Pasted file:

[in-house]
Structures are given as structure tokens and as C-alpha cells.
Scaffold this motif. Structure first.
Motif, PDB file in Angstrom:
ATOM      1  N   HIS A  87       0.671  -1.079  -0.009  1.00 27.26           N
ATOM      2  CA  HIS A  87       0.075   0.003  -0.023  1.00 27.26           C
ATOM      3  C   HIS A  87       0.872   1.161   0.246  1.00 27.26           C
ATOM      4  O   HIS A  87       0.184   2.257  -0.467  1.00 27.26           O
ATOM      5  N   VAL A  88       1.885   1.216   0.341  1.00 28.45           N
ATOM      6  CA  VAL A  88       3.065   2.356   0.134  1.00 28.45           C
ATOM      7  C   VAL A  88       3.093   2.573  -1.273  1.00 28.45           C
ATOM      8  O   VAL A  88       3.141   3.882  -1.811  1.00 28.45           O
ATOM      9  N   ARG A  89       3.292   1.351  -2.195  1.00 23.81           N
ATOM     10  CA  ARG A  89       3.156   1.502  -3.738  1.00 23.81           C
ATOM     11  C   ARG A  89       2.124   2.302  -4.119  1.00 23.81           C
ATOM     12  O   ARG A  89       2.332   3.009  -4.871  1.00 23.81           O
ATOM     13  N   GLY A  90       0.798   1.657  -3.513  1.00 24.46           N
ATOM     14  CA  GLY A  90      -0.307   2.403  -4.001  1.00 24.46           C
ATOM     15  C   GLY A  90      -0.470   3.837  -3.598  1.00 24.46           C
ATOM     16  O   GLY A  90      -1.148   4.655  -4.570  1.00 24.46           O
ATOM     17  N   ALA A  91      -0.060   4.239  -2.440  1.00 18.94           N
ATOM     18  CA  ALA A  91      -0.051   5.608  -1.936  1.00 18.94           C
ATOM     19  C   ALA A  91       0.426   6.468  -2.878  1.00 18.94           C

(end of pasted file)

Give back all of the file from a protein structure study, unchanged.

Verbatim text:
[in-house]
Structures are given as structure tokens and as C-alpha cells.
Scaffold this motif. Structure first.
Motif, PDB file in Angstrom:
ATOM      1  N   HIS A  87       0.671  -1.079  -0.009  1.00 27.26           N
ATOM      2  CA  HIS A  87       0.075   0.003  -0.023  1.00 27.26           C
ATOM      3  C   HIS A  87       0.872   1.161   0.246  1.00 27.26           C
ATOM      4  O   HIS A  87       0.184   2.257  -0.467  1.00 27.26           O
ATOM      5  N   VAL A  88       1.885   1.216   0.341  1.00 28.45           N
ATOM      6  CA  VAL A  88       3.065   2.356   0.134  1.00 28.45           C
ATOM      7  C   VAL A  88       3.093   2.573  -1.273  1.00 28.45           C
ATOM      8  O   VAL A  88       3.141   3.882  -1.811  1.00 28.45           O
ATOM      9  N   ARG A  89       3.292   1.351  -2.195  1.00 23.81           N
ATOM     10  CA  ARG A  89       3.156   1.502  -3.738  1.00 23.81           C
ATOM     11  C   ARG A  89       2.124   2.302  -4.119  1.00 23.81           C
ATOM     12  O   ARG A  89       2.332   3.009  -4.871  1.00 23.81           O
ATOM     13  N   GLY A  90       0.798   1.657  -3.513  1.00 24.46           N
ATOM     14  CA  GLY A  90      -0.307   2.403  -4.001  1.00 24.46           C
ATOM     15  C   GLY A  90      -0.470   3.837  -3.598  1.00 24.46           C
ATOM     16  O   GLY A  90      -1.148   4.655  -4.570  1.00 24.46           O
ATOM     17  N   ALA A  91      -0.060   4.239  -2.440  1.00 18.94           N
ATOM     18  CA  ALA A  91      -0.051   5.608  -1.936  1.00 18.94           C
ATOM     19  C   ALA A  91       0.426   6.468  -2.878  1.00 18.94           C